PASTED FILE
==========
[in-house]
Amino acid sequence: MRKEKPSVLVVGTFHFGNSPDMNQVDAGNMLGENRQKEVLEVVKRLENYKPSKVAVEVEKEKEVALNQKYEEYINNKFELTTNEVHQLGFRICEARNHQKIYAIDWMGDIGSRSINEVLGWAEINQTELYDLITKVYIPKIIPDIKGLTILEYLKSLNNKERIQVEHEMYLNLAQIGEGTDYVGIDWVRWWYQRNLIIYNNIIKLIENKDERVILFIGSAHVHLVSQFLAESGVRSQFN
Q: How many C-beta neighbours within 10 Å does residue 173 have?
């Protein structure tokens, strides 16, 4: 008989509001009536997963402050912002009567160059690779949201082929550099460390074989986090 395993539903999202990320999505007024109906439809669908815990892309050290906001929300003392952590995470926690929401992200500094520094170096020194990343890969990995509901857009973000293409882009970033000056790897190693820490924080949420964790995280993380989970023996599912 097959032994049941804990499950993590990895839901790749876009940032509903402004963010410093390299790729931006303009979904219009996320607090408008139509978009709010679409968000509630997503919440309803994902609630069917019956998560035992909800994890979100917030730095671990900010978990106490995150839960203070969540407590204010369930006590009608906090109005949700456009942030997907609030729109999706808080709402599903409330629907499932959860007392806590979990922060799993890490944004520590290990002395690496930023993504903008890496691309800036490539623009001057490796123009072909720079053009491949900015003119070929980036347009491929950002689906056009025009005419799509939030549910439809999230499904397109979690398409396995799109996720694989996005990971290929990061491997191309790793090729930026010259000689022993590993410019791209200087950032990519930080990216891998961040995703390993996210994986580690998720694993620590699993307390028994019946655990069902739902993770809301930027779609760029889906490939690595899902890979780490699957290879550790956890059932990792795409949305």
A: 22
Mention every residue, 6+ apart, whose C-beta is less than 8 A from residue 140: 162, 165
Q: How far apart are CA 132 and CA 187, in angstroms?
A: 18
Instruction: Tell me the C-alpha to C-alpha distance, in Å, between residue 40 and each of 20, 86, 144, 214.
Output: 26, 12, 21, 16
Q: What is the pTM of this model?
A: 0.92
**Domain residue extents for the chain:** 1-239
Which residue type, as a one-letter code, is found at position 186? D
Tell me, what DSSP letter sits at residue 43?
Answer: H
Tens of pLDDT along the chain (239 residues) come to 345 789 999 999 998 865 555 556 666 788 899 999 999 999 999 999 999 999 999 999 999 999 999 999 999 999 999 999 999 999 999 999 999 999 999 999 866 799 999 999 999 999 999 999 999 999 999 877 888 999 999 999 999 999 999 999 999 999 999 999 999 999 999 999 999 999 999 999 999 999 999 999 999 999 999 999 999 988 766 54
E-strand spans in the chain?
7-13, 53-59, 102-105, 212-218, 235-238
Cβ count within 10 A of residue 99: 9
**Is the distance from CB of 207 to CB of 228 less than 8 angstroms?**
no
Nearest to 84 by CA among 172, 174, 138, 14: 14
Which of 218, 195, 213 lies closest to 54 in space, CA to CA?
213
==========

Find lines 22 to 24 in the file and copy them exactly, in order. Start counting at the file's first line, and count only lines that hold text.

no
Nearest to 84 by CA among 172, 174, 138, 14: 14
Which of 218, 195, 213 lies closest to 54 in space, CA to CA?